The First Coalition

1792 to 1797

The principal parties of the first attempt to defeat the French Revolution were Austria and Prussia, the leaders of which - Frederick William II and Leopold II - wanted to restore King Louis XVI to the throne.

The execution of Louis XVI catapulted Britain into the alliance, with Spain joining in March of 1793.

In August of 1792, an 80,000-man army entered France under the reticent Duke of Brunswick, capturing key fortresses on its march towards Paris.

Half of the force was Prussian and 30,000 were Austrian, French emigres and minor German states made up the rest.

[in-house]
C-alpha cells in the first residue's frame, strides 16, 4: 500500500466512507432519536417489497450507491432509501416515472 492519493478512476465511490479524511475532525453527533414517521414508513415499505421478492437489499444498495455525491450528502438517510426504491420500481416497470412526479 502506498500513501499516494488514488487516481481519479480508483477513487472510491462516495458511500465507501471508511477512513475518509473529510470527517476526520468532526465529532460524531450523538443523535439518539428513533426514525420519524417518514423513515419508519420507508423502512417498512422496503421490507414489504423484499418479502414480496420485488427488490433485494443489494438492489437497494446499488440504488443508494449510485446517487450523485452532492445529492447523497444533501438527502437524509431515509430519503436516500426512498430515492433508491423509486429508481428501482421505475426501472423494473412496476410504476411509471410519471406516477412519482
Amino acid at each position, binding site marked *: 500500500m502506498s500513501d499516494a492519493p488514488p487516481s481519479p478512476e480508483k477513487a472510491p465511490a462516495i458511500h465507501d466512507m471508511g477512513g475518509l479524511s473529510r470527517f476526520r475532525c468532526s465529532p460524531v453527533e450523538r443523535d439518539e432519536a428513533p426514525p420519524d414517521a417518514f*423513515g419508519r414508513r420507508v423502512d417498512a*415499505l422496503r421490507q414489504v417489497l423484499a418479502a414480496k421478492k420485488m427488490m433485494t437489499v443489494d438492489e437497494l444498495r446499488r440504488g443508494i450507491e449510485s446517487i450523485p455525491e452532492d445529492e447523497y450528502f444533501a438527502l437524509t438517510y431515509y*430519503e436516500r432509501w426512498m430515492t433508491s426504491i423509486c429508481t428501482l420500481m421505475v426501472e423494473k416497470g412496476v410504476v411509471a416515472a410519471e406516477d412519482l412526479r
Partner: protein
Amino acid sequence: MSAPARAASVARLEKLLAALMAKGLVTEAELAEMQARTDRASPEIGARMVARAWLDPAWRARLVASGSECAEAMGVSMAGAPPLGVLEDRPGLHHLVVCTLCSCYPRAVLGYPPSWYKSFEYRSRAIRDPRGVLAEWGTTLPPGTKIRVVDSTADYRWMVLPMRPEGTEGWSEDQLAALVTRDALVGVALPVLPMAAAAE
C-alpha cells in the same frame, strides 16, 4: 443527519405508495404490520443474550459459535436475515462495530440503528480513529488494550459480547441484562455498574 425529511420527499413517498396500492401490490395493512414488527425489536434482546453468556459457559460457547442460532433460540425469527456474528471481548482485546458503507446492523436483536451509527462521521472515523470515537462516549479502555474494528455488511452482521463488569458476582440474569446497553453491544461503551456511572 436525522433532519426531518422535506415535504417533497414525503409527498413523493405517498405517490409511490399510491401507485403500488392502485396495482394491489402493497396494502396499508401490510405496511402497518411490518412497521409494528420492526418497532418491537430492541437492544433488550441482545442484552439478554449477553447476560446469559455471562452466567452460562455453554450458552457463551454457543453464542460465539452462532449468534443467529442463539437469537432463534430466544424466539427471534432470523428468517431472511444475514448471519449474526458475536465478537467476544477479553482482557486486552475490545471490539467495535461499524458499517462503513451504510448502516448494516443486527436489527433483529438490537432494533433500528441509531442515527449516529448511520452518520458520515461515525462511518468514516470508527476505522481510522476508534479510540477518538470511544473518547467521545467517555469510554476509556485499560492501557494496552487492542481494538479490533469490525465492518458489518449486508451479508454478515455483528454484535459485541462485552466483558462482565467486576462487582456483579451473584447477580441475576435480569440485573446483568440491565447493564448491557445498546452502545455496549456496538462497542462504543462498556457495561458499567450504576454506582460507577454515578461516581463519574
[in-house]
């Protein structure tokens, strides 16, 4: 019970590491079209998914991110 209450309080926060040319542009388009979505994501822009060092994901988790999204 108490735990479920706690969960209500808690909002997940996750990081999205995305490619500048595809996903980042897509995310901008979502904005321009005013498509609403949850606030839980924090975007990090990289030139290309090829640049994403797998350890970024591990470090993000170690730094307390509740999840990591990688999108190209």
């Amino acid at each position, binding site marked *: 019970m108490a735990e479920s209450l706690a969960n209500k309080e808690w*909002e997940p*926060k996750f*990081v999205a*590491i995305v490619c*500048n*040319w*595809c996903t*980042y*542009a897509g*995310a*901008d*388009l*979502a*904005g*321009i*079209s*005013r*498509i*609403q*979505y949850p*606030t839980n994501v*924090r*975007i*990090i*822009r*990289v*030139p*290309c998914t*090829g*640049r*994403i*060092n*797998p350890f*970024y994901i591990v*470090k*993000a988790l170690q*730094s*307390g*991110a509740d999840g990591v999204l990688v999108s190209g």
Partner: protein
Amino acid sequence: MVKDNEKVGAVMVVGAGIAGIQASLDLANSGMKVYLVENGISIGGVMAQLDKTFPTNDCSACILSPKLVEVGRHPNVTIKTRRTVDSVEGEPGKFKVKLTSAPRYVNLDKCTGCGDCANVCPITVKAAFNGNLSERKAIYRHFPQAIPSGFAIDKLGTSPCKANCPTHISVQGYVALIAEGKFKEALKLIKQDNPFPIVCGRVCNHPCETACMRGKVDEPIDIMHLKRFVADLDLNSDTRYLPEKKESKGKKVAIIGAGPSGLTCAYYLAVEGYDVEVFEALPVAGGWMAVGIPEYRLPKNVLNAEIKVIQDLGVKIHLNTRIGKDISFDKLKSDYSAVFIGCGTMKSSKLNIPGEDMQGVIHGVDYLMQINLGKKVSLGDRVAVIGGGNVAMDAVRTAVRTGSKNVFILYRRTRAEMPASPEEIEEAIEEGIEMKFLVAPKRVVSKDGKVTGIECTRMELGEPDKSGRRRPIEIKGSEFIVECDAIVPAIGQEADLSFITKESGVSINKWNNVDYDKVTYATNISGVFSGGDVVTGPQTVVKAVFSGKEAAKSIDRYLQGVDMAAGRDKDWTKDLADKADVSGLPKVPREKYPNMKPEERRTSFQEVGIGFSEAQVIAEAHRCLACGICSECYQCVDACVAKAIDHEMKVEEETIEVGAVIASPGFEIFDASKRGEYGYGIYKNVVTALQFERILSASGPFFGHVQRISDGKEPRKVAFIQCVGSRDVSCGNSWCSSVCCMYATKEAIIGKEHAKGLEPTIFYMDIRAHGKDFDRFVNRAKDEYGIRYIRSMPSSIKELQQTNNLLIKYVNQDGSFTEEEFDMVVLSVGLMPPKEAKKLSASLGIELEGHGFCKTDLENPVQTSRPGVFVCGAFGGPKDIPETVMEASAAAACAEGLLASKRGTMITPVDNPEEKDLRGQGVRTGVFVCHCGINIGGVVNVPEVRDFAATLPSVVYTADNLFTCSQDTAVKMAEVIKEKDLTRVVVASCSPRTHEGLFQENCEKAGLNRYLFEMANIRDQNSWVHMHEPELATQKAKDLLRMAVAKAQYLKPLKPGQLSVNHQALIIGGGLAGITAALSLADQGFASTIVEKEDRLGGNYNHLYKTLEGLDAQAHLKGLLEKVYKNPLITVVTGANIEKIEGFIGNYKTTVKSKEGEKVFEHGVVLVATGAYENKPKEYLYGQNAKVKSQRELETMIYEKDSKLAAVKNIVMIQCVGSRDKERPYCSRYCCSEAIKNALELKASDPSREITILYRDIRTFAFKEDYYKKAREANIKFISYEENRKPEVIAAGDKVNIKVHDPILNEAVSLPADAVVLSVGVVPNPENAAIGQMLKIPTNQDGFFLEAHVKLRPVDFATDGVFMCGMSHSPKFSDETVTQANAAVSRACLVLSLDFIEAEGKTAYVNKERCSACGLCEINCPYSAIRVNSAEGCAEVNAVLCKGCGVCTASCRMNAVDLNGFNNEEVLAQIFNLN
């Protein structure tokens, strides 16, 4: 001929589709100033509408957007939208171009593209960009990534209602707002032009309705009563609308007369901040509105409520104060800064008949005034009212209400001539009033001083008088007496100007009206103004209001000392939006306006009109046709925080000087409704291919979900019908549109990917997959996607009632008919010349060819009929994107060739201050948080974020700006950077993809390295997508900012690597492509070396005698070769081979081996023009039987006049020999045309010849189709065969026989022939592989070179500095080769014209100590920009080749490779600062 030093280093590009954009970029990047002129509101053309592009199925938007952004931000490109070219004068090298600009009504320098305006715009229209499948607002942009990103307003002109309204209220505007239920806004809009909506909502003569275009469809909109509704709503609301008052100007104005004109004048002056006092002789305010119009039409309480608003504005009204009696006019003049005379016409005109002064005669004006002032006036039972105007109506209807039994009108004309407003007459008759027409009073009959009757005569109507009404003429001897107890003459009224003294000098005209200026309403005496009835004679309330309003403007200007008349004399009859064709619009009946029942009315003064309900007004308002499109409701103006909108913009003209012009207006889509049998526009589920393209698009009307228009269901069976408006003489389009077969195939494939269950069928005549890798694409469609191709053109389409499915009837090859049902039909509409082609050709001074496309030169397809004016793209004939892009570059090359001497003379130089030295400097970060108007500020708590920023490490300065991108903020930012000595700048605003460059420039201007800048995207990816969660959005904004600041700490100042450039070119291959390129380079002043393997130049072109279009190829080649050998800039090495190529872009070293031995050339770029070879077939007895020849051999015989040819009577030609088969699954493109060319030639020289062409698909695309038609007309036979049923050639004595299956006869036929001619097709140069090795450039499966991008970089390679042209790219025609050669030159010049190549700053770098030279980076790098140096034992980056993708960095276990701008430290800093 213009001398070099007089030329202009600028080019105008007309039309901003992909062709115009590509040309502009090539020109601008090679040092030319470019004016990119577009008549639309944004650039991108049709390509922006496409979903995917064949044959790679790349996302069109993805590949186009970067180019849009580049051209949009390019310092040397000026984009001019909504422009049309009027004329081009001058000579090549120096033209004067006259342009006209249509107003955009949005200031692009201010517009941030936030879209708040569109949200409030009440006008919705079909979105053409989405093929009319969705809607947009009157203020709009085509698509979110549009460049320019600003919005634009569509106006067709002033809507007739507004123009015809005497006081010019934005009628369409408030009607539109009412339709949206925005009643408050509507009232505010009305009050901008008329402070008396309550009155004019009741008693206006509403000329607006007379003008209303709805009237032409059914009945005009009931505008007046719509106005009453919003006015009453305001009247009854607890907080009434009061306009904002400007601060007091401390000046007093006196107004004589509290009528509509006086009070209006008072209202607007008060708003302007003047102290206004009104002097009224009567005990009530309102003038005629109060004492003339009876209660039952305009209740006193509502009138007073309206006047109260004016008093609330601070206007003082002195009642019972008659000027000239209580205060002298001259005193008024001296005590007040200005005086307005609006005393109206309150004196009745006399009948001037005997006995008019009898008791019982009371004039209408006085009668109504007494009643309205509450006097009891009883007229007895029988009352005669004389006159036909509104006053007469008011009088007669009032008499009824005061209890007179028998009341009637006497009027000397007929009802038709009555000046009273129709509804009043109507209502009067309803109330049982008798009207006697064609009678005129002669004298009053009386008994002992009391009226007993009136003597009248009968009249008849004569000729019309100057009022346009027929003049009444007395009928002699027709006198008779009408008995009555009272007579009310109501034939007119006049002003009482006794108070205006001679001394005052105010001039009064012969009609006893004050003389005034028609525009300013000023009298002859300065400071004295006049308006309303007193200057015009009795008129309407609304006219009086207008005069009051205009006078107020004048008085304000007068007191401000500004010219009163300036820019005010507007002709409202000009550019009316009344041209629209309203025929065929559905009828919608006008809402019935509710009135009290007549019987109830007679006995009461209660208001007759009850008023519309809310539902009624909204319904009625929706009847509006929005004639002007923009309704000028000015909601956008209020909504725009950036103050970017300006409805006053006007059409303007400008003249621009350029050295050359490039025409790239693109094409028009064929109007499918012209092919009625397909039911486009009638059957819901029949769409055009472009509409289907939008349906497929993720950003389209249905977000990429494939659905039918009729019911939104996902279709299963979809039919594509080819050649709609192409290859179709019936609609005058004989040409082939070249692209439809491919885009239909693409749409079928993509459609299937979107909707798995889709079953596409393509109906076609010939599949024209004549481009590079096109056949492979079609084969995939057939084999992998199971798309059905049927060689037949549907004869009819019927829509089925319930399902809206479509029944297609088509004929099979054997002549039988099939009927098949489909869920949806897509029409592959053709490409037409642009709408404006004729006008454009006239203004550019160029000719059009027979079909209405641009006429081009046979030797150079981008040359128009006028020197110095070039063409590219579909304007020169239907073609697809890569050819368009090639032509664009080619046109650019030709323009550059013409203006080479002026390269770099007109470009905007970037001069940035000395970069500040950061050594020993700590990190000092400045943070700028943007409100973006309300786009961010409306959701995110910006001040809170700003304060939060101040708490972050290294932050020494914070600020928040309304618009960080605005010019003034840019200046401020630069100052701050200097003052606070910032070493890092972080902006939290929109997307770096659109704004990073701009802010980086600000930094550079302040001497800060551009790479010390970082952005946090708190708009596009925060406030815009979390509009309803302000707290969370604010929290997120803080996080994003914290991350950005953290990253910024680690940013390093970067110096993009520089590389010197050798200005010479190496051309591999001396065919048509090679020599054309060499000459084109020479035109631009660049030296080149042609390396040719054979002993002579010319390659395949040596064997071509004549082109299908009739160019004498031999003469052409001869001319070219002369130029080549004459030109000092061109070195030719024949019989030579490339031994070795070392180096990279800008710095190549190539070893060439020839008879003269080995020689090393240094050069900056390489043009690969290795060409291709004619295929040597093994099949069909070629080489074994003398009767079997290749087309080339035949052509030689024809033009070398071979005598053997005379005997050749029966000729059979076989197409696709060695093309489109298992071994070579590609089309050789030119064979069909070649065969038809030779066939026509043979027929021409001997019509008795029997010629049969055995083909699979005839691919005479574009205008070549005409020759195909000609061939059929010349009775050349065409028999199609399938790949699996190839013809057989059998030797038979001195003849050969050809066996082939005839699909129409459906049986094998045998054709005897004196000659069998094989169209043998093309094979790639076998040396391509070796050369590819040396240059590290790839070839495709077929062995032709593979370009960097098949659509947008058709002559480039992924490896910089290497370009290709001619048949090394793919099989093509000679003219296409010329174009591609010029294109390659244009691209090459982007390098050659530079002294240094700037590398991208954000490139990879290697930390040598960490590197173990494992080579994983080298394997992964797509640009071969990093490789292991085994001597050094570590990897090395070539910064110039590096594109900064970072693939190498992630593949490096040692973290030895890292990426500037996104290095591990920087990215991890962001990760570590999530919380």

Opposing the Allied army was a force of 36,000 Frenchmen, a combination of troops from General Francois Kellerman's army and that of General Charles Dumouriez.

Kellerman stood his ground at Valmy where French artillery caused huge casualties in the enemy ranks and Brunswick took it as a good excuse to return home.

In Germany, a French invasion force under General Adam Custine threatened Frankfurt for a time, but it was in the Netherlands that the greatest successes occurred.

Dumouriez moved against the Austrian provinces - the southern Catholic provinces of the Netherlands - and caught the retreating Hapsburg army at Jemappes.

Within two weeks he had taken Brussels and Paris annexed the territory. 1793 saw serious moves by the Allies to deal with the upstart revolutionaries and with Custine bottled up in Mainz by Brunswick, an Austrian army led by Prince Frederick of Saxe-Coburg sought to recover the Netherlands.



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